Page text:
Join Bob McGannon for an in-depth discussion in this video Increasing team engagement, part of Managing Virtual Teams.
Picture yourself at a baseball game with a packed stadium. Now, imagine if that crowd of 1,000s stayed silent. Bored and disengaged for all nine innings. Not only would that be weird, but I doubt you'd buy a ticket and go to another game. Luckily, that's not the case. In large part because you're kept engaged throughout the entire experience in several ways. An excellent level of play, music and trivia between innings, team gear sales, etcetera.
This is something you can do with your remote team. I'll introduce three ways that can make engaging your employees easier. An increase in engagement could lead to an increase in productivity. First, listening can be a critical component. Those guys roaming the stadium selling hot dogs and soda wouldn't make any money if they weren't listening to the fans. Here are two things you could do to help setup better listening. First, instead of asking, "Is that all?" when someone finishes speaking, consider asking, "What else?" Open-ended questions typically encourage more conversation and can show you are interested and listening to what is being said.
Second, do not interrupt. When someone is talking, do what you can to give them the floor entirely and simply listen. Try not to talk over them or cut them off before they have finished. This second recommendation is acknowledgement. You should seek to acknowledge the contribution, the effort, and the results of all your employees with particular care to ensure your remote employees recognize the acknowledgement. It's easy to forget that you're remote staff cannot see the nodding and smile on your face during a conference call.
In addition to not interrupting, here are other ways of acknowledging your employees. Acknowledge what was said. This is any action that shows you've heard a comment, question, or input. To do this, you could use a conversation parking lot. A list of things viewable by the team that can be addressed at some point. Doing this during each conversation can help your employees feel like they're adding value. This is especially important for your remote team members. Second, acknowledge a person for specific knowledge or point of view that was contributing in the conversation.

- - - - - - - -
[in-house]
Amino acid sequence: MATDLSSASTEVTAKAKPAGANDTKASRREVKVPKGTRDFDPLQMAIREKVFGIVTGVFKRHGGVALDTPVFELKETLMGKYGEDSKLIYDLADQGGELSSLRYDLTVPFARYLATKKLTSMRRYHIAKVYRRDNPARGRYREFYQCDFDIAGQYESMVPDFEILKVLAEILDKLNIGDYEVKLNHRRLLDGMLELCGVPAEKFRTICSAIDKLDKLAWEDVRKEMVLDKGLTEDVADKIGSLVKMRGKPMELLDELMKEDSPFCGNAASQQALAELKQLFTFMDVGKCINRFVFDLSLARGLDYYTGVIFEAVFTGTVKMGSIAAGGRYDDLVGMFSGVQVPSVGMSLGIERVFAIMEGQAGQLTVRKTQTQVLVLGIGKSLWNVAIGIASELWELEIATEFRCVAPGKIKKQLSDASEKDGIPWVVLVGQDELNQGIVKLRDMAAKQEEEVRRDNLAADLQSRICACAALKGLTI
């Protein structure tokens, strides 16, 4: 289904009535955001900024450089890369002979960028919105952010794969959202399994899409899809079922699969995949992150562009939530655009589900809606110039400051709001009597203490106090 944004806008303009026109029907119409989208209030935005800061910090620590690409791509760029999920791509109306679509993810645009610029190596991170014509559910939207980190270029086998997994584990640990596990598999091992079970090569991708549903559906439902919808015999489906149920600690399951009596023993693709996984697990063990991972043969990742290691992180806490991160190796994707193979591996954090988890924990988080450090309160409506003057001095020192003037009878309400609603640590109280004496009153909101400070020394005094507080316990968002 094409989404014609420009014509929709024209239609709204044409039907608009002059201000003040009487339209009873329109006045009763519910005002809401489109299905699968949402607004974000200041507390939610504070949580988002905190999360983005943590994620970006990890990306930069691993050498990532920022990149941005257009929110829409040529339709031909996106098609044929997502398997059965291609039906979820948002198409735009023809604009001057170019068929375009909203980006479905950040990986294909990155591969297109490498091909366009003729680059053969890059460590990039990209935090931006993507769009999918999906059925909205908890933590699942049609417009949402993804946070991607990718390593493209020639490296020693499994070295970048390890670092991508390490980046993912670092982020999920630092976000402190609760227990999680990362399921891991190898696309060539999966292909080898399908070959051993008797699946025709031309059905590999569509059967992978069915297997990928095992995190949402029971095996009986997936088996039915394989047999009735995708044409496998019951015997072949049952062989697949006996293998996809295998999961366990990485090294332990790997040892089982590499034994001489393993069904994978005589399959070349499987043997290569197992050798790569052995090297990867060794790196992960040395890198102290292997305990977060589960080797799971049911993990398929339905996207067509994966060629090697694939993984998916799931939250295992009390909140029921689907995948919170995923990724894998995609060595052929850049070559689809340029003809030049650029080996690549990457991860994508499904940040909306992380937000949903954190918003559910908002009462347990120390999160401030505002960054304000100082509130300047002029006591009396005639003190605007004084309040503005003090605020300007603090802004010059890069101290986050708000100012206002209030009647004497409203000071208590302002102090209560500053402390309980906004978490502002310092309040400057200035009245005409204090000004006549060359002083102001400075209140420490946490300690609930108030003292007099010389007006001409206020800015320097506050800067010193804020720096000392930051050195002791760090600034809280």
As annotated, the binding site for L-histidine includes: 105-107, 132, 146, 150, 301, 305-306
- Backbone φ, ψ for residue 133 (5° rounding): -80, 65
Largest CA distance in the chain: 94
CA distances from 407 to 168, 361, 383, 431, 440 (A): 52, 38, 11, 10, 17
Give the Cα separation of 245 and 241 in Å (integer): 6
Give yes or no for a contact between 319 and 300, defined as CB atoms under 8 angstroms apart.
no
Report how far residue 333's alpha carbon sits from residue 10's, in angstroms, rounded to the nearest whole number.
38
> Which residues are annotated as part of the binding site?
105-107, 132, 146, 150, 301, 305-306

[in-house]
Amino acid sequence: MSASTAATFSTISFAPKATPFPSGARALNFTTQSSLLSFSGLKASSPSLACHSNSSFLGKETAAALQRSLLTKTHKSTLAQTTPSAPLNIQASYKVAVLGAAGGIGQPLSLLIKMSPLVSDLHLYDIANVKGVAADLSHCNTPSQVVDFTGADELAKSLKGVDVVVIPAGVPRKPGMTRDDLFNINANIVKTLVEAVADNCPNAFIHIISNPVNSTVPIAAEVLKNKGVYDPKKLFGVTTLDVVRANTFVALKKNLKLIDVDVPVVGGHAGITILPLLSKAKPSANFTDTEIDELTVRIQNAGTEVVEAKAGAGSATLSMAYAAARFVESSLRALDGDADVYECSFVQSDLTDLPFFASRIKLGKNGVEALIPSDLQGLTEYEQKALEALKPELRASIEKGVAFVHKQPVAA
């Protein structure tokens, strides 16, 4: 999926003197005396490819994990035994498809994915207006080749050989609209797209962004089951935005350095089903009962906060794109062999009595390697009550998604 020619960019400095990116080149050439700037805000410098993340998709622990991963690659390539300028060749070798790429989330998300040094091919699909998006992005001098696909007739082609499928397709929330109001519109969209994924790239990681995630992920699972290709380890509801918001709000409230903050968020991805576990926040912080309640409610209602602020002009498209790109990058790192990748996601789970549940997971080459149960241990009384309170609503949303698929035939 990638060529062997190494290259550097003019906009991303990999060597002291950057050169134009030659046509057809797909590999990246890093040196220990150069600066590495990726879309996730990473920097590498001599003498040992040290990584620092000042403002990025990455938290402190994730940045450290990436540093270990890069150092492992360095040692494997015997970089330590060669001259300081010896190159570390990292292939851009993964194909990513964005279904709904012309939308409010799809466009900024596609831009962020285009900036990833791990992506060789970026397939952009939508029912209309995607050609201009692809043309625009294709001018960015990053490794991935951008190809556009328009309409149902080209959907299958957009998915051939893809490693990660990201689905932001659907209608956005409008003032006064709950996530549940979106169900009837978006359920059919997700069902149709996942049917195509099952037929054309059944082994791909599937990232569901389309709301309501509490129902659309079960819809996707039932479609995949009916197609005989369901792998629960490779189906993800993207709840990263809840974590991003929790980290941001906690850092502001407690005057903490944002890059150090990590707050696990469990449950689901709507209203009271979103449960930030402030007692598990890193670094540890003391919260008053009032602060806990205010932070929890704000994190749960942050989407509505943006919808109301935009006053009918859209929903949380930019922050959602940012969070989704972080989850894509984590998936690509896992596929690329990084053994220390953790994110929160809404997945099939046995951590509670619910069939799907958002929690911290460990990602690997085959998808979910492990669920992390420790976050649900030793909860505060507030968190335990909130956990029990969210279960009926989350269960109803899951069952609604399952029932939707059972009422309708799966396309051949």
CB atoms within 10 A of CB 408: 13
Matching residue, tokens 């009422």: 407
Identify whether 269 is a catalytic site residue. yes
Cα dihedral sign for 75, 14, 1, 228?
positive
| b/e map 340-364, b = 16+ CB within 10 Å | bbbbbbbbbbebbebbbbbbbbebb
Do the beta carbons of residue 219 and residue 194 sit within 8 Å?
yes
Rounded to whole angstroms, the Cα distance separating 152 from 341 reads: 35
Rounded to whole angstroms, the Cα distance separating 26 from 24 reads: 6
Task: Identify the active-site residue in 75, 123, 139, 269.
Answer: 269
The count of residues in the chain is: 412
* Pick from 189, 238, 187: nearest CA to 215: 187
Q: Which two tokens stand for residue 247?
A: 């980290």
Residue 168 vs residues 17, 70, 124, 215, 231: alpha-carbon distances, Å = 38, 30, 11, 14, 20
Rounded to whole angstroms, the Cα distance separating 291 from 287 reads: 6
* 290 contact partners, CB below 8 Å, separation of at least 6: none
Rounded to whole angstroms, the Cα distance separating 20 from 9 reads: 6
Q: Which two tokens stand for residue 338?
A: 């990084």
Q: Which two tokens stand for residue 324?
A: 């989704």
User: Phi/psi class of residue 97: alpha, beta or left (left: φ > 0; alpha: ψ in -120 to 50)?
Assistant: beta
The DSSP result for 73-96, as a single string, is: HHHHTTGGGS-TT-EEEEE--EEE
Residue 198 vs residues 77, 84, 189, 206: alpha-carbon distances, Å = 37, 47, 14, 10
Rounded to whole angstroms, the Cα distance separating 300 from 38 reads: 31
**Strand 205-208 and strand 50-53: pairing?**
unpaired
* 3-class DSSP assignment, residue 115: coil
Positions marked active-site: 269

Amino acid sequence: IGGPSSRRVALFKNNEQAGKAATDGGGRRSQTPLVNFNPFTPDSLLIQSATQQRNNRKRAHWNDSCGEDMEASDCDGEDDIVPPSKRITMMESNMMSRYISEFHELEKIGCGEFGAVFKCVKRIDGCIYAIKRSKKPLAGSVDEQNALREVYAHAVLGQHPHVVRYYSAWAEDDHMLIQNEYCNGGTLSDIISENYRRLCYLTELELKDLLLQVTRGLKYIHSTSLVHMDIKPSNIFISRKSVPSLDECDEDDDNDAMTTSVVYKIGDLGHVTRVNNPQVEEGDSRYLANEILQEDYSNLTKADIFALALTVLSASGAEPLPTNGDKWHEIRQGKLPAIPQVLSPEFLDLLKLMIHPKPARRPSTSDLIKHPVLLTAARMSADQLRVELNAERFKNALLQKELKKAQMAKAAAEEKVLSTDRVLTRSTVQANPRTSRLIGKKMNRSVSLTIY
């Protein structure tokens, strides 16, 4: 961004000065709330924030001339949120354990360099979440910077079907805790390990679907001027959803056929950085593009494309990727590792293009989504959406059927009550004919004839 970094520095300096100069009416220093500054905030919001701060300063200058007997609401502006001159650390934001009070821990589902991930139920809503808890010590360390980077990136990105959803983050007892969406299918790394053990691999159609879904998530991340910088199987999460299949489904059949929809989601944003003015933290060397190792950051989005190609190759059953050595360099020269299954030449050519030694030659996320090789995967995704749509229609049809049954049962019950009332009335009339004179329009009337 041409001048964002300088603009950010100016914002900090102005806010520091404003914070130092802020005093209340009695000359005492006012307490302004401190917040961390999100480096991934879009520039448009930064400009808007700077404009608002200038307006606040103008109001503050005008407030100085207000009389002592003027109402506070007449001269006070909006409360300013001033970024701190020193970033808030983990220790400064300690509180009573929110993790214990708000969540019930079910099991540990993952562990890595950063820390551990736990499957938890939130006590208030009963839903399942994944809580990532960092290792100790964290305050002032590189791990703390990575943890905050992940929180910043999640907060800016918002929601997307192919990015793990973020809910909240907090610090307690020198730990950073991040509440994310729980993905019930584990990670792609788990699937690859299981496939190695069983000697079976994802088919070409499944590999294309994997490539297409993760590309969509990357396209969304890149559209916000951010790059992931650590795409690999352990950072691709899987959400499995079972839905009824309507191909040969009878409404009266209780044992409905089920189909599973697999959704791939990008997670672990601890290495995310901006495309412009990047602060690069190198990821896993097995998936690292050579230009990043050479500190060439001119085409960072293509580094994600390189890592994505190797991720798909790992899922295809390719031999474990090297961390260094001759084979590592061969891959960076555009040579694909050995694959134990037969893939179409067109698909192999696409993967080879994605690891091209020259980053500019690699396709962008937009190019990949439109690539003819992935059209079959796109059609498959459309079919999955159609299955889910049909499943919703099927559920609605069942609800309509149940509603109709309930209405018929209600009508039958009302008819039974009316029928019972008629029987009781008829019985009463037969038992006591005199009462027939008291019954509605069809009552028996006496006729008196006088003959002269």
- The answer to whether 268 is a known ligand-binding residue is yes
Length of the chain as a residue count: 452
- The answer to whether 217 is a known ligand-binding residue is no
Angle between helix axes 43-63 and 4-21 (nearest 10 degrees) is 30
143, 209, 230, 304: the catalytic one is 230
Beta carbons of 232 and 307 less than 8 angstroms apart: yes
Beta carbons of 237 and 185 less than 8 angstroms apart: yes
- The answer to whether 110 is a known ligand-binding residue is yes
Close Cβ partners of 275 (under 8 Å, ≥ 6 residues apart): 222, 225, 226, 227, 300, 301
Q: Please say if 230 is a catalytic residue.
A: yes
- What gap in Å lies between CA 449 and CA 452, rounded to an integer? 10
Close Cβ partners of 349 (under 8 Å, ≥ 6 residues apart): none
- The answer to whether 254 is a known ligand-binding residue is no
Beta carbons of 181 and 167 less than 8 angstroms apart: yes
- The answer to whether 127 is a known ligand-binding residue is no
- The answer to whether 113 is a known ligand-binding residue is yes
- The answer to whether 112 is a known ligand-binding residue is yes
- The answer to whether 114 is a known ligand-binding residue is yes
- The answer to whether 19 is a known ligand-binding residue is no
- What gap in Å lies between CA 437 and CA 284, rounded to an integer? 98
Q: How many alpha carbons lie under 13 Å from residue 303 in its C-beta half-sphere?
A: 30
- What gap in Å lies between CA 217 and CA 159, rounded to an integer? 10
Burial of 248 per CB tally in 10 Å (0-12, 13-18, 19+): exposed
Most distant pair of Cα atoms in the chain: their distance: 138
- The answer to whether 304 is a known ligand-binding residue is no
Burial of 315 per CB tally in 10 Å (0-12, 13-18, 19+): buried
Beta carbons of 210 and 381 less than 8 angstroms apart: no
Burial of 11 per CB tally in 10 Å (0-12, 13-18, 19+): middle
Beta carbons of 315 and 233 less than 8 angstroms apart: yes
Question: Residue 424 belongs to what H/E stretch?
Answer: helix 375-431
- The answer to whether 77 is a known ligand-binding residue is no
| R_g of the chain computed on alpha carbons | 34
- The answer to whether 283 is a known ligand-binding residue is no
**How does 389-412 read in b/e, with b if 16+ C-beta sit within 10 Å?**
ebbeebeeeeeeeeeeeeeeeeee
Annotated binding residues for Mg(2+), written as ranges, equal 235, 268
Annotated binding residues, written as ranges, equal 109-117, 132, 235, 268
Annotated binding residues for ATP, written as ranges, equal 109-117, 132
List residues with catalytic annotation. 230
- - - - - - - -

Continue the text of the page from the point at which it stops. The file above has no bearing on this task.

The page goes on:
This is another form of recognition of a behavior or result. It can be a good way to increase engagement mainly because we tend to do more of something if it is recognized. Lastly, acknowledge a situation. Basically, talk about the reality surrounding your employees, both good and bad. This can be anything from asking how your Boston employee is doing after the Red Sox won the pennant to checking in on your team after a not-so-pleasant call with a client.
Lastly, now that you've listened and acknowledged, you can confirm. This can be relatively simple. Like our hot dog guy repeating an order to a fan. "That was two dogs, mustard and ketchup, right?" Confirming can do two things. It can help ensure everyone is on the same page as sharing a common understanding can support engagement. Think about how important this is. How many times have you checked out in a conference call because you didn't understand something? Secondly, confirming can also help build trust.
If your employees know that you understand them, that can increase their ability to trust you. Often times, trust can be something that builds a strong foundation for employee engagement. Engaging your employees can mean that you have a team of active and productive individuals. And just like the fans at that baseball game, that experience can keep your remote and local team members coming back for more.
Discover how to build rapport, set mutual expectations, communicate, connect, overcome conflict, get work done, and grow the team. Also included is a look at the top five challenges managers face in leading remote teams and helpful solutions that will get your team on track.
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